With the rise of so many food allergies, entertaining at home can be scary or overwhelming. But it doesn’t have to be. So today I am sharing my thoughts about the etiquette of food allergies as well as some encouragement for those who may feel insecure about hosting people in their homes.
I think it’s sad that my generation does not entertain in their homes as much as past generations. I think there are several reasons for this: the pressure to create a Pinterest-worthy table and the rise of the “foodie” who may expect to be treated to something akin to a Top Chef’s creation being some of them.
But entertaining graciously doesn’t have to consider either of those things. I truly believe it is about the company and conversation. Last weekend, for example, I entertained 18 people in our small house. I was worried it was going to be too tight and people were going to jet out early due to the claustrophobia – but that was far from the case! Just about everyone stayed late into the night, enjoying each other’s company. The bottom line: once we get over our insecurities about entertaining, we are usually blessed by serving and loving others in this way.
Now, another issue that may scare us from entertaining in our homes (but shouldn’t!) is food allergies, particularly when you are unsure about them. So I’ve detailed a few tips for both the host and guest when it comes to dealing graciously with this issue:
For the hostess:
- If you know one of your guests has allergies reach out to him/her beforehand and see how you can help. In most cases, it’s not too difficult to set aside some salad before you dress it or not marinate a steak before you cook it.
- If you don’t know your guests well, you may consider putting “Please advise of any dietary restrictions” or something similar on the bottom of the invitation or email.
- If you are unable to accommodate the guest, hopefully he/she will offer to bring his own meal (see below). As a last resort you can always pick up a meal at an approved restaurant – or have it delivered – earlier in the day and just reheat before dinner.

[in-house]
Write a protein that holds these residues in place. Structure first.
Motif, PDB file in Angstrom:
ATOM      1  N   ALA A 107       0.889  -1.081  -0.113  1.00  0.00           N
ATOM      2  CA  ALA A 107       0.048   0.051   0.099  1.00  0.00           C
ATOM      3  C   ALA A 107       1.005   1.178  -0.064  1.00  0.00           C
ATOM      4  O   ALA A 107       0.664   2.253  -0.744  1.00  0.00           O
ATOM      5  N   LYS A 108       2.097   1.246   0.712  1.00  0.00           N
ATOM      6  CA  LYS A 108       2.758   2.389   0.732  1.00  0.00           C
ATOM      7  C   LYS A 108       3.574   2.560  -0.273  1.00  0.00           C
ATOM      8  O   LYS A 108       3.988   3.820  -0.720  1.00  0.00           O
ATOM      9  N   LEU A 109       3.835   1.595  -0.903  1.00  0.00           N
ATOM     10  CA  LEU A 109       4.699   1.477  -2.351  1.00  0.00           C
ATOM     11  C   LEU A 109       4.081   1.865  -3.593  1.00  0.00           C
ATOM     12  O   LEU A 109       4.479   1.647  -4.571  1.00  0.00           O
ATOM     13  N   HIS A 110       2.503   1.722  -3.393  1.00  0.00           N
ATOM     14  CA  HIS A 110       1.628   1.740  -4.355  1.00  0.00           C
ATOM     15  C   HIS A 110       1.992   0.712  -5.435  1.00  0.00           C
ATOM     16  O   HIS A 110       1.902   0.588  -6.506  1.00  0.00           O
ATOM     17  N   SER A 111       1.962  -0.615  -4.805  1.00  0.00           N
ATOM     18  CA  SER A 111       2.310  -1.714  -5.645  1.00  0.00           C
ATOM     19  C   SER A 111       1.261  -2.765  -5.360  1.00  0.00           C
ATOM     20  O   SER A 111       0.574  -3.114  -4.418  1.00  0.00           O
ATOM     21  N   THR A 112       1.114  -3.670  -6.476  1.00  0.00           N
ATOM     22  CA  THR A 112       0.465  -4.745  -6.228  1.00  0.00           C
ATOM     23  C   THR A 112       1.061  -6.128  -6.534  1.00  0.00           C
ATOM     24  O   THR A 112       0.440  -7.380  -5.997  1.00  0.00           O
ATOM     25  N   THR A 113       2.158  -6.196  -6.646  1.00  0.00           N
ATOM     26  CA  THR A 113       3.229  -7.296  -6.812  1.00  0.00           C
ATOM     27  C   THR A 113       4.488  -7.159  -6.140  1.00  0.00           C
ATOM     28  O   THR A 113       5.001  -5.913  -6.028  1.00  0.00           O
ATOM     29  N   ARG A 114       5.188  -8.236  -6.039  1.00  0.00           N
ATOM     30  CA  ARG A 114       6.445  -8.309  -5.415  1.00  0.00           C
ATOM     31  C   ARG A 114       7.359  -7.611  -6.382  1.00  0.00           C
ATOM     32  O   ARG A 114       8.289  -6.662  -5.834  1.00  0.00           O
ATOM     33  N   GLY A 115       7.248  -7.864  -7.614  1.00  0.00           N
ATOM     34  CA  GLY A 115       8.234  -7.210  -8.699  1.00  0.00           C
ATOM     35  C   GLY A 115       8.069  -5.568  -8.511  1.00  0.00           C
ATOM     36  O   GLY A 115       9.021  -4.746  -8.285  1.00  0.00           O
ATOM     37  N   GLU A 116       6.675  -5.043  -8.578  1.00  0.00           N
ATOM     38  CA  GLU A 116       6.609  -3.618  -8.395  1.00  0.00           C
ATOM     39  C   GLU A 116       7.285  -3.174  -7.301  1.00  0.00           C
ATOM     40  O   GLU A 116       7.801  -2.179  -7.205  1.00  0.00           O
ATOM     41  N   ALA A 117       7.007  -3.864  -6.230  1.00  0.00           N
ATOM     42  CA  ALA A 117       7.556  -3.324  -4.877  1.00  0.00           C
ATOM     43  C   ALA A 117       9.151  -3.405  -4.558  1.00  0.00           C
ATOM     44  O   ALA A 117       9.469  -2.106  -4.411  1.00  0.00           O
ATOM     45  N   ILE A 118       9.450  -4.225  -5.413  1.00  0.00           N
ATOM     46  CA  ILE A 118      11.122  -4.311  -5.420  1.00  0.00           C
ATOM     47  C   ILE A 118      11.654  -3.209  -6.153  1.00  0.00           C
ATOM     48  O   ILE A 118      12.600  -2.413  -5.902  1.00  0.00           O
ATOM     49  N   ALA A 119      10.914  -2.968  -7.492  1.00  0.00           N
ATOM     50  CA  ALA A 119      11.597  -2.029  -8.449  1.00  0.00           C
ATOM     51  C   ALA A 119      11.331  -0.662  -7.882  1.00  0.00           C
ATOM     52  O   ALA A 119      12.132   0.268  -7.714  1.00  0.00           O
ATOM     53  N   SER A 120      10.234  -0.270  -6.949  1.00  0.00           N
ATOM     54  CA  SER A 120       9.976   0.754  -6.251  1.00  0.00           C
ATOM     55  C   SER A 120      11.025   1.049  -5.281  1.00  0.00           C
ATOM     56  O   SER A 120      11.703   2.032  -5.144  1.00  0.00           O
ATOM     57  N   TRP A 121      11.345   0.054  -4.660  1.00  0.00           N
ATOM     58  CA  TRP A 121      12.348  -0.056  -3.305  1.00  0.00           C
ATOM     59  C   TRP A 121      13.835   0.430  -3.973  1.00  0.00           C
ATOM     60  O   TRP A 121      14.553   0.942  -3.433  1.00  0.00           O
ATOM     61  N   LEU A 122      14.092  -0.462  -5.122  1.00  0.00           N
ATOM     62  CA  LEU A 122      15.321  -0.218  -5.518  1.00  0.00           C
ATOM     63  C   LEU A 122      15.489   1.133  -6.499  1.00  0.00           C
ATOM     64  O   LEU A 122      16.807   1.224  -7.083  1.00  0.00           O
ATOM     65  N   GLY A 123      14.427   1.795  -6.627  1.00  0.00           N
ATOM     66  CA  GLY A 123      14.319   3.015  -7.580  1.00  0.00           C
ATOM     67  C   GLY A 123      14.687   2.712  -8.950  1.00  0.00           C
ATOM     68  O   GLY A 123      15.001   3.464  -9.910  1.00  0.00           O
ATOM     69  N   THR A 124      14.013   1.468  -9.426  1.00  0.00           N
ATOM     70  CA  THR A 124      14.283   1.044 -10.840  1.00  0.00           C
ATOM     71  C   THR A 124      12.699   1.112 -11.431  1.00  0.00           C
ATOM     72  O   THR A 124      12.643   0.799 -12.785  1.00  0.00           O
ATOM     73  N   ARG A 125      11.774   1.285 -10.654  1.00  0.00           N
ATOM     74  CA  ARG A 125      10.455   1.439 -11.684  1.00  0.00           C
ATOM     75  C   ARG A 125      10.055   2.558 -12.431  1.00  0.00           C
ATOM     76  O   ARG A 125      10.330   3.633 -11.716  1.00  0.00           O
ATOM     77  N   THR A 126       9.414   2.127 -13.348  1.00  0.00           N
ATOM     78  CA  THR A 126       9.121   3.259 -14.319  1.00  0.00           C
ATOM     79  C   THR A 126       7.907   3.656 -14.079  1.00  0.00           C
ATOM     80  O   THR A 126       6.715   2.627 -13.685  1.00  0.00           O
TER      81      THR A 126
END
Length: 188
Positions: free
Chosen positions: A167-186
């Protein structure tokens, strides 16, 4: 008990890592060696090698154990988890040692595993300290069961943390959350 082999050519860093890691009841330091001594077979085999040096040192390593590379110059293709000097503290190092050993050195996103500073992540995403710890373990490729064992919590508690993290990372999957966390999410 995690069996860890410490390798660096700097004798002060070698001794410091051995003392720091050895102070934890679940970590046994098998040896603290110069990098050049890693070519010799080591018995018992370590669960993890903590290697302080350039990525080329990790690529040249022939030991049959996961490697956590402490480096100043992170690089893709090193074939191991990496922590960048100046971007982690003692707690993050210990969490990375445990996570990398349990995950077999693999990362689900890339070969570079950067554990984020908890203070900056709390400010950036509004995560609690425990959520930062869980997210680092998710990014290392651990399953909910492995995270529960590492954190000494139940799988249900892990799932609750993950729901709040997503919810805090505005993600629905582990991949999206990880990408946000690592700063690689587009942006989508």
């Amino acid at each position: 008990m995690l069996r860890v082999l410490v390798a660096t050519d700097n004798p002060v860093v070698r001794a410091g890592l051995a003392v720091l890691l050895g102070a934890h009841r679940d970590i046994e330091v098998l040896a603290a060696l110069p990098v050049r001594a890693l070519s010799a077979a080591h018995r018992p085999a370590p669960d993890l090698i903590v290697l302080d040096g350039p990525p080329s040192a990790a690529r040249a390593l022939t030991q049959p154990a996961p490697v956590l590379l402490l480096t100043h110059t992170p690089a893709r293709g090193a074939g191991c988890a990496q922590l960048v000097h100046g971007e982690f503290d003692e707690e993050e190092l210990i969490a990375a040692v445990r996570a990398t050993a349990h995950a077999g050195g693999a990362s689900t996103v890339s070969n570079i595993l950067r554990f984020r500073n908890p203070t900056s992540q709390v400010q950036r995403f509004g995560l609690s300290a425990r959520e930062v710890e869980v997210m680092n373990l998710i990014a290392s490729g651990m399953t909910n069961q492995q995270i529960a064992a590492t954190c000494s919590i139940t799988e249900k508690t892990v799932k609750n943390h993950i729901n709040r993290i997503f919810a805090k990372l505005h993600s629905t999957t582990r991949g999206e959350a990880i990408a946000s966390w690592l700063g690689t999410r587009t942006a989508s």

- And this is not necessary, but when people can’t enjoy dessert I like to buy a special treat for the guest just to make them feel loved. Central Market and Whole Foods type stores have individual gluten-free cupcakes (or sugar-free if someone is diabetic). In the freezer section of most major grocery stores, they have gluten-free (and other allergy friendly) cakes and cookies that are easy to serve!
For the guest:
- First and foremost, take it upon yourself to make it easy on the people who invited you.
- Reach out to the hostess at least a week before the party to inquire about the menu and to make sure they don’t count you in their food count. You may think your friend knows you can’t eat a particular food, but she may not. Showing up at the party and realizing you (or your child) are unable to eat the meal may make the hostess feel bad (and there may not be anything for you to eat!)
- At the same time, if you cannot eat what is being served, offer to bring your food or food to supplement. Don’t expect special accommodations, but be grateful if they offer! For children’s parties, bring a treat for your child to enjoy if he/she can’t have birthday cake.
- My sweet friend, Lindsey, gave this great advice: “At dinner parties we all just want to relax and feel part of the group so if I have to bring my own food, I try to find something that fits in with the meal and is more discreet.”
A word on diets of choice (rather than diets due to health factors): If we want to lessen the stress of entertaining in our homes, we cannot expect hosts to accommodate every trendy health kick, diet, or cleanse. If you are on strict eating regimen by choice, I would say eat what you can on the plate and definitely don’t draw attention to why you choose not to eat something. (Comments about why bread is terrible for you may make the person sitting next to you, who just downed four dinner rolls, feel a little sheepish!) If you are worried about being hungry, either eat a little something beforehand or just decline altogether. Remember, being gracious is about putting others first and you never want to offend the person who kindly invited you into their home.
Any tips you’d like to add? Tell me in the comments below. And please share this post on Facebook if you think this was helpful!